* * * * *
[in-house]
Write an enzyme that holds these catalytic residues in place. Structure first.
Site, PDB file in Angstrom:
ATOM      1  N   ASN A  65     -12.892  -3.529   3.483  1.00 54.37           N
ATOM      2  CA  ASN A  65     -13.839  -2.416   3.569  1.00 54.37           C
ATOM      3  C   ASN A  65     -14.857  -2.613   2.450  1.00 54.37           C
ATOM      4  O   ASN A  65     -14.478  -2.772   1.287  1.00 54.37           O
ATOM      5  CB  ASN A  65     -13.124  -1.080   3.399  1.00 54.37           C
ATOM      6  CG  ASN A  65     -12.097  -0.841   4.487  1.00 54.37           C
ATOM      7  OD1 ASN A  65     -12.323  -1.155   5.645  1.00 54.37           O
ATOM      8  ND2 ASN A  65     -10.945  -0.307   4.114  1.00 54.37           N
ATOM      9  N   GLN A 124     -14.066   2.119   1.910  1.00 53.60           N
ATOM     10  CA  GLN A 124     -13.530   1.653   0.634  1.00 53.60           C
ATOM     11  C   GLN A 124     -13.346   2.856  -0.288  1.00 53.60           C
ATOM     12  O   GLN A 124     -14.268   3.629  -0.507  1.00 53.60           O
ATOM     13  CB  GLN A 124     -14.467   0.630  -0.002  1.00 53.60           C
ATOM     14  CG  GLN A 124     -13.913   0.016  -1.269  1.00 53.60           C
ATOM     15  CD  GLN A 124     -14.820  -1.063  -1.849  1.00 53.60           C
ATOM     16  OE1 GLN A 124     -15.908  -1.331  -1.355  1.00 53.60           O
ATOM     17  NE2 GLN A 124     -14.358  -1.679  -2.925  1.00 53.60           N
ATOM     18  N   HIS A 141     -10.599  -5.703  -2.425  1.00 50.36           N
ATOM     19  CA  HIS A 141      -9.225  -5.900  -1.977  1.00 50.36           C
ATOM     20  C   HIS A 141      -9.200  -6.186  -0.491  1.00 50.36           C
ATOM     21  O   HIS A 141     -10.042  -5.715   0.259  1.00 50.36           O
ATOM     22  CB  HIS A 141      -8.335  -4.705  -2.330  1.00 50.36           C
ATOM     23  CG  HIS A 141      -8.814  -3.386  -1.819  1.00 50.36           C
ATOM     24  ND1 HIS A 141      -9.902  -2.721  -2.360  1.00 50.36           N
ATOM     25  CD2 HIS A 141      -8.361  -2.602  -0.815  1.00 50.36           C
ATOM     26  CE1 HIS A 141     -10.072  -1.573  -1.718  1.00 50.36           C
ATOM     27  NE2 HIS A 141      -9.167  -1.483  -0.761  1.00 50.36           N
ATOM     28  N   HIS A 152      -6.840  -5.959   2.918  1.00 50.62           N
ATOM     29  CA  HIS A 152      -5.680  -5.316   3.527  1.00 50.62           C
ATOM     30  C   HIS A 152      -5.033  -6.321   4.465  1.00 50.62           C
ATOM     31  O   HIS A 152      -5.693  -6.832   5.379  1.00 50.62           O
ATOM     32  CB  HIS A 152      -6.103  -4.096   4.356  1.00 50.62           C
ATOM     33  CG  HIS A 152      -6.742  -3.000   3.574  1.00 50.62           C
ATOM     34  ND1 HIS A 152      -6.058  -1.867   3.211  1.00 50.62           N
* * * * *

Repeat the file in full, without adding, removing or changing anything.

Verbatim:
[in-house]
Write an enzyme that holds these catalytic residues in place. Structure first.
Site, PDB file in Angstrom:
ATOM      1  N   ASN A  65     -12.892  -3.529   3.483  1.00 54.37           N
ATOM      2  CA  ASN A  65     -13.839  -2.416   3.569  1.00 54.37           C
ATOM      3  C   ASN A  65     -14.857  -2.613   2.450  1.00 54.37           C
ATOM      4  O   ASN A  65     -14.478  -2.772   1.287  1.00 54.37           O
ATOM      5  CB  ASN A  65     -13.124  -1.080   3.399  1.00 54.37           C
ATOM      6  CG  ASN A  65     -12.097  -0.841   4.487  1.00 54.37           C
ATOM      7  OD1 ASN A  65     -12.323  -1.155   5.645  1.00 54.37           O
ATOM      8  ND2 ASN A  65     -10.945  -0.307   4.114  1.00 54.37           N
ATOM      9  N   GLN A 124     -14.066   2.119   1.910  1.00 53.60           N
ATOM     10  CA  GLN A 124     -13.530   1.653   0.634  1.00 53.60           C
ATOM     11  C   GLN A 124     -13.346   2.856  -0.288  1.00 53.60           C
ATOM     12  O   GLN A 124     -14.268   3.629  -0.507  1.00 53.60           O
ATOM     13  CB  GLN A 124     -14.467   0.630  -0.002  1.00 53.60           C
ATOM     14  CG  GLN A 124     -13.913   0.016  -1.269  1.00 53.60           C
ATOM     15  CD  GLN A 124     -14.820  -1.063  -1.849  1.00 53.60           C
ATOM     16  OE1 GLN A 124     -15.908  -1.331  -1.355  1.00 53.60           O
ATOM     17  NE2 GLN A 124     -14.358  -1.679  -2.925  1.00 53.60           N
ATOM     18  N   HIS A 141     -10.599  -5.703  -2.425  1.00 50.36           N
ATOM     19  CA  HIS A 141      -9.225  -5.900  -1.977  1.00 50.36           C
ATOM     20  C   HIS A 141      -9.200  -6.186  -0.491  1.00 50.36           C
ATOM     21  O   HIS A 141     -10.042  -5.715   0.259  1.00 50.36           O
ATOM     22  CB  HIS A 141      -8.335  -4.705  -2.330  1.00 50.36           C
ATOM     23  CG  HIS A 141      -8.814  -3.386  -1.819  1.00 50.36           C
ATOM     24  ND1 HIS A 141      -9.902  -2.721  -2.360  1.00 50.36           N
ATOM     25  CD2 HIS A 141      -8.361  -2.602  -0.815  1.00 50.36           C
ATOM     26  CE1 HIS A 141     -10.072  -1.573  -1.718  1.00 50.36           C
ATOM     27  NE2 HIS A 141      -9.167  -1.483  -0.761  1.00 50.36           N
ATOM     28  N   HIS A 152      -6.840  -5.959   2.918  1.00 50.62           N
ATOM     29  CA  HIS A 152      -5.680  -5.316   3.527  1.00 50.62           C
ATOM     30  C   HIS A 152      -5.033  -6.321   4.465  1.00 50.62           C
ATOM     31  O   HIS A 152      -5.693  -6.832   5.379  1.00 50.62           O
ATOM     32  CB  HIS A 152      -6.103  -4.096   4.356  1.00 50.62           C
ATOM     33  CG  HIS A 152      -6.742  -3.000   3.574  1.00 50.62           C
ATOM     34  ND1 HIS A 152      -6.058  -1.867   3.211  1.00 50.62           N